Interest in West Virginia’s Marcellus Now Focused on North

If you look at the overall map of Marcellus Shale permits in West Virginia, it seems to be a topic of concern for most of the state. Looking at the map below of data obtained by the West Virginia Department of Environmental Protection (WVDEP) Oil and Gas Dataviewer, it isn’t surprising to note that such permits have been issued in 46 out of 55 counties in the Mountain State (1):

WV Marcellus Permits Issued:  2005 to 3-2012 (large)
Marcellus Shale permits issued in West Virginia from 2005 to 3-20-2012

I was curious to see how the distribution looked over time, and was surprised to notice a pronounced contraction of the area of interest:

Marcellus Shale permits issued in WV by year

West Virginia Marcellus Shale permits issued by year, showing data by county and average latitude and longitude of each permitted location. Click image to view full size PDF.

While the majority of the state has been explored over the past seven years, the entire southwestern portion has been abandoned in terms of the Marcellus Shale (2), and the average latitude and longitude of all permits issued in 2011 is less than 20 miles from the Pennsylvania border.

To illustrate the trend, let’s take a closer look at Kanawha County, which is the most southwestern county with any shade of blue in the 2011 map.  In 2007 and 2008, it led the way among all West Virginia counties with 29 and 48 permits issued, respectively, and the average permitted location was just one county to the northeast.  Three years later, the number of new permits in Kanawha had dwindled to just one.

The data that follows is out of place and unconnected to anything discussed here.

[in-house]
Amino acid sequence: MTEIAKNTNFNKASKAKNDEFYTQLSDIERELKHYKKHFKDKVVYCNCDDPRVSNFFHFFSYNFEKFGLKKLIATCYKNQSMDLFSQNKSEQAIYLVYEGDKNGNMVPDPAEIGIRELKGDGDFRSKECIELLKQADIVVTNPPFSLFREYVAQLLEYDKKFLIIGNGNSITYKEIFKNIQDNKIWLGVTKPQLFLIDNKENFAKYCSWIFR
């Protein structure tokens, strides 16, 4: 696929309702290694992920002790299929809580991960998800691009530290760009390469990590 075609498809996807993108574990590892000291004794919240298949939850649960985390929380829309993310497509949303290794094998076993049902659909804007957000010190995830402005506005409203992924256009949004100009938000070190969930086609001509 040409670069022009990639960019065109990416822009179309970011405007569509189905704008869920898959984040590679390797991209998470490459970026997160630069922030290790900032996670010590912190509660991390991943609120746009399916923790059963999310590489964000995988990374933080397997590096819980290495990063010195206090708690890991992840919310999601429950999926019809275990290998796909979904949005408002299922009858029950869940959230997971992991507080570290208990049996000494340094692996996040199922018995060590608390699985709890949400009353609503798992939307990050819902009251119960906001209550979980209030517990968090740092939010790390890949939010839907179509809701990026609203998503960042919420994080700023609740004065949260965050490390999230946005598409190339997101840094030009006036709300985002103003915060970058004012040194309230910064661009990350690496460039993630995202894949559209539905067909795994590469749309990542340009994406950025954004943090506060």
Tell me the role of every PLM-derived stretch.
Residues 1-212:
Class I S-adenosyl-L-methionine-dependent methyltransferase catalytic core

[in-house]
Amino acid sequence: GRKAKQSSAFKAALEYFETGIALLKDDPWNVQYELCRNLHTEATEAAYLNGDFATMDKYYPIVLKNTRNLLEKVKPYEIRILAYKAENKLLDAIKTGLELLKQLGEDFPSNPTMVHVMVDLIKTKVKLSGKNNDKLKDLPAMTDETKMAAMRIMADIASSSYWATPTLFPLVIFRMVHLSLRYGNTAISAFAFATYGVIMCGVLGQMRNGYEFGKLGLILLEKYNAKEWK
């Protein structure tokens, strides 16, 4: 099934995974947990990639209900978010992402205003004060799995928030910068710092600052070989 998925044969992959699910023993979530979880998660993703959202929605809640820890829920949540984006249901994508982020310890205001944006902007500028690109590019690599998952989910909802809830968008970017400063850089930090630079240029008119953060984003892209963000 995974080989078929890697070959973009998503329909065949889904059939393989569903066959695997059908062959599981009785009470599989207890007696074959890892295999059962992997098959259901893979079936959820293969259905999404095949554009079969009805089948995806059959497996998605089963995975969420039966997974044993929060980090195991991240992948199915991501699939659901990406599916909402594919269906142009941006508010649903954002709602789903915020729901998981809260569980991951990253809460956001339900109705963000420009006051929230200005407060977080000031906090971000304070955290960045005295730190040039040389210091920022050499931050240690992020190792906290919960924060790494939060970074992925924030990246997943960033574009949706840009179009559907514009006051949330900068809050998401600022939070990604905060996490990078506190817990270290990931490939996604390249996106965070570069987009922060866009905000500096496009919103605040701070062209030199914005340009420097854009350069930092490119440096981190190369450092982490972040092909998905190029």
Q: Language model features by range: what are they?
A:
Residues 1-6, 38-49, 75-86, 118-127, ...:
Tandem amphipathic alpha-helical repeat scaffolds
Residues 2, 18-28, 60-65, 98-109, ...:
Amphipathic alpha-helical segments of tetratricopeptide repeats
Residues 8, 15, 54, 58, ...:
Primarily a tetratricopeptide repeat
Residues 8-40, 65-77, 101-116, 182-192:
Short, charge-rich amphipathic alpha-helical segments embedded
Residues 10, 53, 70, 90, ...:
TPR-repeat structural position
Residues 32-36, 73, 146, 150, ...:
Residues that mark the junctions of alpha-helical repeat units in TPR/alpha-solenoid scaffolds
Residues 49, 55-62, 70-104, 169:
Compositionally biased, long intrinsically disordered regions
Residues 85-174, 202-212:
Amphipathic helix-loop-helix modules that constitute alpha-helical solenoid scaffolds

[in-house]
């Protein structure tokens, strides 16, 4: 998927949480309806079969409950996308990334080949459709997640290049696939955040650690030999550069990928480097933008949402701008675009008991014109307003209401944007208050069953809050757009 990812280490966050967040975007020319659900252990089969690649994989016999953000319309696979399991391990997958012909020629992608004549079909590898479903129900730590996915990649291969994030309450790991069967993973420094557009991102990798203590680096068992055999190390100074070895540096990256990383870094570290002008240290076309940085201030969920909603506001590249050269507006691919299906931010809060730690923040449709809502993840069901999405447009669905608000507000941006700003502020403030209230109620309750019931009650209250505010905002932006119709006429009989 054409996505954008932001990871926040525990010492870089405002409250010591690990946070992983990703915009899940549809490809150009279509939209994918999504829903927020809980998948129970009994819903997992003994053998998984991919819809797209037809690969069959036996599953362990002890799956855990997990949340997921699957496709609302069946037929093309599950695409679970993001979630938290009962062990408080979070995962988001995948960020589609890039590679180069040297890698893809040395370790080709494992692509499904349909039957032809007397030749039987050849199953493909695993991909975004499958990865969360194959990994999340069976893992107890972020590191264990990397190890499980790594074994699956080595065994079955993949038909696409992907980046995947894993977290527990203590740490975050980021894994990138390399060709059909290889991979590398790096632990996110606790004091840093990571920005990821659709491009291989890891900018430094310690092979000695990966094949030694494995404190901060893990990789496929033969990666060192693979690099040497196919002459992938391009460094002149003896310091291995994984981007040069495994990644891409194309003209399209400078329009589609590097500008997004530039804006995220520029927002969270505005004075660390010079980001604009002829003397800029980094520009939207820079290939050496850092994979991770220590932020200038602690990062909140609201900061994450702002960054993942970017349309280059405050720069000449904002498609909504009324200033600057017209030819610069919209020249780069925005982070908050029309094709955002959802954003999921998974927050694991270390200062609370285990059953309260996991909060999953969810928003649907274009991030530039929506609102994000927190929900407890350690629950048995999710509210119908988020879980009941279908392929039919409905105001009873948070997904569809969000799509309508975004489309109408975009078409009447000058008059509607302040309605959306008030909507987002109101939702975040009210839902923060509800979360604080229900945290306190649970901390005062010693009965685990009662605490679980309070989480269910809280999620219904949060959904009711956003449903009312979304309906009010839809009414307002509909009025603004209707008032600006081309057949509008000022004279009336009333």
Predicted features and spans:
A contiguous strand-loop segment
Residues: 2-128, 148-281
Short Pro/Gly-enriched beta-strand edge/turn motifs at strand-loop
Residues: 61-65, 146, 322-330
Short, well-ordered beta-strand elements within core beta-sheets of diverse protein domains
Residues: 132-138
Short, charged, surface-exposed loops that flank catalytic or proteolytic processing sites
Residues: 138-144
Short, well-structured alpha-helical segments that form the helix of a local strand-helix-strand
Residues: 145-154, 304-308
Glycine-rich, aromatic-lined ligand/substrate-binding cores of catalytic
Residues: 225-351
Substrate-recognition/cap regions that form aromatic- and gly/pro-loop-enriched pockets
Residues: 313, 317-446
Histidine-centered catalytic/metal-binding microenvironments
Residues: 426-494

In contrast, Marshall County (the southernmost county in the panhandle) and Wetzel County (just to the south of Marshall) generated very little interest in the early exploration of West Virginia’s Marcellus Shale hydrocarbons, but by 2011, they were the top two counties in terms of permits issued.

This all begs the question of why the southwestern portion of the state is abandoned.  While I don’t have access to production data, I assume that wells that were drilled in that area yielded disappointing returns on industry investments, or else efforts to extract resources would have continued.  A colleague noted that the abandoned territory also happens to be the heart of West Virginia’s coal country, so perhaps there was some interference between the two extractive industries.  This could be a contributing factor, but it is difficult to imagine a situation in which drillers would totally cede an eight county area to miners without massive compensation.